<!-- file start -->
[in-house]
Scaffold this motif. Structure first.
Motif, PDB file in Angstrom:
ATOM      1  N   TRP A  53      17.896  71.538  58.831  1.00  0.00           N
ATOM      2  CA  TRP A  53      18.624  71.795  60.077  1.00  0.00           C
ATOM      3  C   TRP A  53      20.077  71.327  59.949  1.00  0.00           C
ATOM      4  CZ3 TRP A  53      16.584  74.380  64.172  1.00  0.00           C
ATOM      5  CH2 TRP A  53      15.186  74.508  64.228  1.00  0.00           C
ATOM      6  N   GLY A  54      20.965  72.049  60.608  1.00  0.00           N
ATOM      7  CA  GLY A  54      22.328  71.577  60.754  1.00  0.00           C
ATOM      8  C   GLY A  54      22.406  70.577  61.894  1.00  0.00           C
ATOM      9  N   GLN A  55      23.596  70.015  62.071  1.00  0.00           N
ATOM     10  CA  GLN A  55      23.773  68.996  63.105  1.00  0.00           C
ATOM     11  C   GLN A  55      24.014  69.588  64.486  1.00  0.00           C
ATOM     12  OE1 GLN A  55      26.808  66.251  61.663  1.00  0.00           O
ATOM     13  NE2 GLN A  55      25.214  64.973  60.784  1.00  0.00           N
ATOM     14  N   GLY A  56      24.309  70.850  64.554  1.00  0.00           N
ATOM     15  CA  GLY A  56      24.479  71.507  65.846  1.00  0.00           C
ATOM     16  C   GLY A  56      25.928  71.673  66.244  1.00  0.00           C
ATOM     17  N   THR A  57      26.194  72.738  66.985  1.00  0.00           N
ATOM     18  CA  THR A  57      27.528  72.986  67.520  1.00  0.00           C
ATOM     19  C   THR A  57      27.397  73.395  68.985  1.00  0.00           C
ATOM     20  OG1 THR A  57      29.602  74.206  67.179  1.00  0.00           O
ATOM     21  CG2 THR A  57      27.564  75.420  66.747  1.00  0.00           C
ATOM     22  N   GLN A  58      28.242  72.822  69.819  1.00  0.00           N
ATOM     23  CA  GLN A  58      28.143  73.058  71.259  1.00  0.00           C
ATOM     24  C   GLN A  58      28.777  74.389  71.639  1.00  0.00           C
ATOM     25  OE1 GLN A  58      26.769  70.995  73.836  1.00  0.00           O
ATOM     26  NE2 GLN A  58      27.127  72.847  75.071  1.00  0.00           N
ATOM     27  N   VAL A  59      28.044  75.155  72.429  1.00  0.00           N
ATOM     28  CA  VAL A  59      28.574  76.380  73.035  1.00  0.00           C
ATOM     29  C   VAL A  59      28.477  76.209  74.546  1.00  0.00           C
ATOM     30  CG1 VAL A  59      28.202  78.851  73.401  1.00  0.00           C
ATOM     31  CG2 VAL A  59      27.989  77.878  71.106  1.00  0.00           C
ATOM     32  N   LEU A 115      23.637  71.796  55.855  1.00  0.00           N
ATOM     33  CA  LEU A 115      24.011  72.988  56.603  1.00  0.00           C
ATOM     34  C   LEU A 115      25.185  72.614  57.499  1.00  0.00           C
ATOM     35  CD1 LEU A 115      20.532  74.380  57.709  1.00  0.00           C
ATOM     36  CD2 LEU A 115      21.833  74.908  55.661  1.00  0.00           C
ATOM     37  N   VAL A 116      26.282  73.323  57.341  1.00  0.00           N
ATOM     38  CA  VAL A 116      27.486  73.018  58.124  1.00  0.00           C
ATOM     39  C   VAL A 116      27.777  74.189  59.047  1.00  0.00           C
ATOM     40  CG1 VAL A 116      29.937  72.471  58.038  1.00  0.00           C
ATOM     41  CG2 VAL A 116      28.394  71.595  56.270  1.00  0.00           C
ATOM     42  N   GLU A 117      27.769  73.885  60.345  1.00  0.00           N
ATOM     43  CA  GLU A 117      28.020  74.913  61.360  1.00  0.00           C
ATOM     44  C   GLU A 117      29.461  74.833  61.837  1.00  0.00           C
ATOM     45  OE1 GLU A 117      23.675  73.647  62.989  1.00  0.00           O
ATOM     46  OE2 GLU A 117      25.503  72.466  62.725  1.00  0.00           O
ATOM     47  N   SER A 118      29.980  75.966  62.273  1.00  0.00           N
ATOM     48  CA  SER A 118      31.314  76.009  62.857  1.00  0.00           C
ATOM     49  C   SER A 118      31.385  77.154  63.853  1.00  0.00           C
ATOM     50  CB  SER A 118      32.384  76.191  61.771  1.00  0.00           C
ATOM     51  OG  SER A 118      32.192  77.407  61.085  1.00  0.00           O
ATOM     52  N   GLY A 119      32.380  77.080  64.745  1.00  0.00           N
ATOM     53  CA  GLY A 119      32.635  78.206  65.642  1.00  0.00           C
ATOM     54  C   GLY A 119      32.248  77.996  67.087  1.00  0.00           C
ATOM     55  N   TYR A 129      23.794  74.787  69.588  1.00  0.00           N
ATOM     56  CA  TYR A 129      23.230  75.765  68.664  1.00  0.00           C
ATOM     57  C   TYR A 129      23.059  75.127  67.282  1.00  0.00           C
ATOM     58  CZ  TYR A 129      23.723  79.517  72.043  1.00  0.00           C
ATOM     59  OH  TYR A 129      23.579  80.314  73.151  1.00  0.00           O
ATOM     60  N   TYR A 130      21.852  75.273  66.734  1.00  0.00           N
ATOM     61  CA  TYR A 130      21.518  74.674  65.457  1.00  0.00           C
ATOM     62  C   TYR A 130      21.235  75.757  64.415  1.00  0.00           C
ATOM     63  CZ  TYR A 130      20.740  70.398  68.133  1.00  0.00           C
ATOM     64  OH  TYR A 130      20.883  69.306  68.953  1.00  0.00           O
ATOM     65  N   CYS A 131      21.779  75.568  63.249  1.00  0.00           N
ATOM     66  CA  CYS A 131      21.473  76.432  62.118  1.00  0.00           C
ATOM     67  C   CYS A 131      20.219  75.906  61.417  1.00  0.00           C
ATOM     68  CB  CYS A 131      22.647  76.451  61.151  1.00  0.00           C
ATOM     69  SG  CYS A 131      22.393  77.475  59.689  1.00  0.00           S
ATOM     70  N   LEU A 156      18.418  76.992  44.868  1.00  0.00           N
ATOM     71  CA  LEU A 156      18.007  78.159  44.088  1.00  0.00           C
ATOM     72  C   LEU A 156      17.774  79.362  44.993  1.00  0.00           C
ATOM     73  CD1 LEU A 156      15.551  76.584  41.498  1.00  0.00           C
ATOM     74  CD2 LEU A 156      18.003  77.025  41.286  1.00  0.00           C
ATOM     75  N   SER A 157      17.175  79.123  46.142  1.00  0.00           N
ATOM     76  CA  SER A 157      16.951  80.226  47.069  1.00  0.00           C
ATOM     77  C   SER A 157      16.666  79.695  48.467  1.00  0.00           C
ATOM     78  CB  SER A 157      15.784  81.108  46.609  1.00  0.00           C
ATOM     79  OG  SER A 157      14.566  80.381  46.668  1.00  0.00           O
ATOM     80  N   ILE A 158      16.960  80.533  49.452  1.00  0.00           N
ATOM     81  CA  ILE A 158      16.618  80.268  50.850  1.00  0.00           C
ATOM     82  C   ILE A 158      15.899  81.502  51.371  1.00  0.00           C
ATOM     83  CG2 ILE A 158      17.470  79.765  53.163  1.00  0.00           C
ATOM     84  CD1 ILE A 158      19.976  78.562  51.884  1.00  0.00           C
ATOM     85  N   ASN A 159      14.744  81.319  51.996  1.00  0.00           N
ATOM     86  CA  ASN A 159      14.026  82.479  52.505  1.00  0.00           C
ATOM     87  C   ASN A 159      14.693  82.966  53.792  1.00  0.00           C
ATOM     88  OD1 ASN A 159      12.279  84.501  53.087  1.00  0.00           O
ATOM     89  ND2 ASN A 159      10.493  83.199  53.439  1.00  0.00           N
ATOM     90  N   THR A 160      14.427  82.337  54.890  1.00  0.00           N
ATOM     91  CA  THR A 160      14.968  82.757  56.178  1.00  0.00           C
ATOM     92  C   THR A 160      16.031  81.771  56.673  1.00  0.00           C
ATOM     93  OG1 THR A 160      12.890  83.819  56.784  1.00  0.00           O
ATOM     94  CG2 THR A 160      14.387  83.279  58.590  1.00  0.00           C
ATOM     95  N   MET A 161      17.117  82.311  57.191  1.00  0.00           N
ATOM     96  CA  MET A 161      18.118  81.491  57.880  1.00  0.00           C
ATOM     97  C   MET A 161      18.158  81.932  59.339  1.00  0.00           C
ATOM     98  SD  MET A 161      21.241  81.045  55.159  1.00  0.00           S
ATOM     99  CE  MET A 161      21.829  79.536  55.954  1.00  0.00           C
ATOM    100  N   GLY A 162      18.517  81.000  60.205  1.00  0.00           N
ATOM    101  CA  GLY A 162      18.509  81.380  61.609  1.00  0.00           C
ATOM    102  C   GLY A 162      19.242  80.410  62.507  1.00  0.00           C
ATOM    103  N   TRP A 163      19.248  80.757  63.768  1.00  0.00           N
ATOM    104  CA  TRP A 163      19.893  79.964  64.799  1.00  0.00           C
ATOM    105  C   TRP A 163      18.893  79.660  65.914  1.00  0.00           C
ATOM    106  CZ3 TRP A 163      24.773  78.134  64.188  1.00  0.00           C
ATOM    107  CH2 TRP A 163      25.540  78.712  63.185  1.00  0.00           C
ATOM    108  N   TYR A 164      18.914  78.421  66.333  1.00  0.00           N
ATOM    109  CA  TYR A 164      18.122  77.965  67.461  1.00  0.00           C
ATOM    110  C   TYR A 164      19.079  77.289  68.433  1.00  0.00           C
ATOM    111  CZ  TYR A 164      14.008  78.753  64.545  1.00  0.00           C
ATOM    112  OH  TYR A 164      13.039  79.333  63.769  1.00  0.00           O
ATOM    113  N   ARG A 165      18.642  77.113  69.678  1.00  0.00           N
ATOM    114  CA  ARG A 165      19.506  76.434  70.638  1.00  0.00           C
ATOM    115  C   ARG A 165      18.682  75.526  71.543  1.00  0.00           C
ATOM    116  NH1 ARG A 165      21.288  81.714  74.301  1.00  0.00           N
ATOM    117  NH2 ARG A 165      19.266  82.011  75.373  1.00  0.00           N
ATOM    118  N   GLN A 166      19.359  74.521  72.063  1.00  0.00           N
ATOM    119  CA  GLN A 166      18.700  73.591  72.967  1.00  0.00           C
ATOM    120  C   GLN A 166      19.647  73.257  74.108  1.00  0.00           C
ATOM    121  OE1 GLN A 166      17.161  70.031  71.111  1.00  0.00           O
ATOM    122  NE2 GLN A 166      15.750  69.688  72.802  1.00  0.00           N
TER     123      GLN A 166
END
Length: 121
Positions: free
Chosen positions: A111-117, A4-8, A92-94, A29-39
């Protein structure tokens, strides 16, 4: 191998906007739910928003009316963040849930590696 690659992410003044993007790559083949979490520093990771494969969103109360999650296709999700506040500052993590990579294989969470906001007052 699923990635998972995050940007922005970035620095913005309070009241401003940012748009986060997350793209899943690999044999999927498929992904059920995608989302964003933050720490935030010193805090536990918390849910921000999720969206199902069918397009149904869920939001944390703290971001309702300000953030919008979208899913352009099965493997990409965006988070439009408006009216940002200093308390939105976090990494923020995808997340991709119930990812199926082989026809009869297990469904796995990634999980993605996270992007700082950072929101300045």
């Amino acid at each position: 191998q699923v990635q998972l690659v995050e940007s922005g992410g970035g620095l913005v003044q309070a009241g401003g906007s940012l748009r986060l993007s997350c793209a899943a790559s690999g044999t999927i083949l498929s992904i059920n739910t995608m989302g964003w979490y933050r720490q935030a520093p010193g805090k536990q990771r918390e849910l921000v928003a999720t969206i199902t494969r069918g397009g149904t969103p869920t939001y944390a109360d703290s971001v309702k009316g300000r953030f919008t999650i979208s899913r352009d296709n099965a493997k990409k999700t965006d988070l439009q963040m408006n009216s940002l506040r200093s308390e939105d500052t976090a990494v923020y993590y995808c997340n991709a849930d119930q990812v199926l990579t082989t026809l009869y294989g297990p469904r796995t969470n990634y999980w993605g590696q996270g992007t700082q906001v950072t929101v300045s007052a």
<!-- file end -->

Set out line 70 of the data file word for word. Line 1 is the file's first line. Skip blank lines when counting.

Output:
ATOM     67  C   CYS A 131      20.219  75.906  61.417  1.00  0.00           C